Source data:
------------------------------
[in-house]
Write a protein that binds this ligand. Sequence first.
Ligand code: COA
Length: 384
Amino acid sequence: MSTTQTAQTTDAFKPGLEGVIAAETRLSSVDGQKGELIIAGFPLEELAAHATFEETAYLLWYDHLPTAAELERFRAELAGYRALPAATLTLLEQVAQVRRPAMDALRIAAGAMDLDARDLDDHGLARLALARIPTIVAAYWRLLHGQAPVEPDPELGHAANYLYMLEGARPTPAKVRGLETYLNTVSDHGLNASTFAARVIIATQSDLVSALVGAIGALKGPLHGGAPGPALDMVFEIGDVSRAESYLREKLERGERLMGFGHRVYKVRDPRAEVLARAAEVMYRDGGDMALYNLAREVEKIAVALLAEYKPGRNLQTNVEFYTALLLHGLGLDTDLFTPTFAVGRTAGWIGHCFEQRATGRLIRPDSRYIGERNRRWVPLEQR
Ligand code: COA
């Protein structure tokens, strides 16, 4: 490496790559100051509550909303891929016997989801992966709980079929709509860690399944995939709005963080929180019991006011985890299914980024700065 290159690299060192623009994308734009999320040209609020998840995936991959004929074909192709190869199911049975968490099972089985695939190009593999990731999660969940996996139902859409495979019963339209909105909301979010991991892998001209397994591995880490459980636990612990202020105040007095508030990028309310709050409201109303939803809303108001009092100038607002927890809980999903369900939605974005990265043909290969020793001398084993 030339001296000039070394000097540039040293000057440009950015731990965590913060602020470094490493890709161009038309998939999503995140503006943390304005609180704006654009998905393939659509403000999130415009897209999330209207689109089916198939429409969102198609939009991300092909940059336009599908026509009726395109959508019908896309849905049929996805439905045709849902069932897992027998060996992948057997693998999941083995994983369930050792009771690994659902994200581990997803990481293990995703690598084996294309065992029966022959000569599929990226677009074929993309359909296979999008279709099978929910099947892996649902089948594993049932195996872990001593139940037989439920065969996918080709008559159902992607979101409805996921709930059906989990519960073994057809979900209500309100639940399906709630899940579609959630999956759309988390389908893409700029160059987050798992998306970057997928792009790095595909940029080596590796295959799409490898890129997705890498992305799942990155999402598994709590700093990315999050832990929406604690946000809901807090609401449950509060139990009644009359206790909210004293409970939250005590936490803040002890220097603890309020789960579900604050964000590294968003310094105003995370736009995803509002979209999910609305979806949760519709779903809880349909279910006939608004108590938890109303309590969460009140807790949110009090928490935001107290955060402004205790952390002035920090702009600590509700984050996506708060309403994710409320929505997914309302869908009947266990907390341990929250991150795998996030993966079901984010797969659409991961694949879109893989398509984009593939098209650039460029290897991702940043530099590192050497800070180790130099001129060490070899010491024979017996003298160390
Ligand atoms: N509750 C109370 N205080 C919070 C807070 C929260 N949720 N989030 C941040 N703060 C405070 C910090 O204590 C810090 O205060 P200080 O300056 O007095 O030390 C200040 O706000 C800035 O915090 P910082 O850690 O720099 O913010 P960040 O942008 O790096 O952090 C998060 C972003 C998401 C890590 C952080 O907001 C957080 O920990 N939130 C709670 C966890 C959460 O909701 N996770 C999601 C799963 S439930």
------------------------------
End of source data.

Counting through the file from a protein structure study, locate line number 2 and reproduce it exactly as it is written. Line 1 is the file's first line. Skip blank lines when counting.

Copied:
Write a protein that binds this ligand. Sequence first.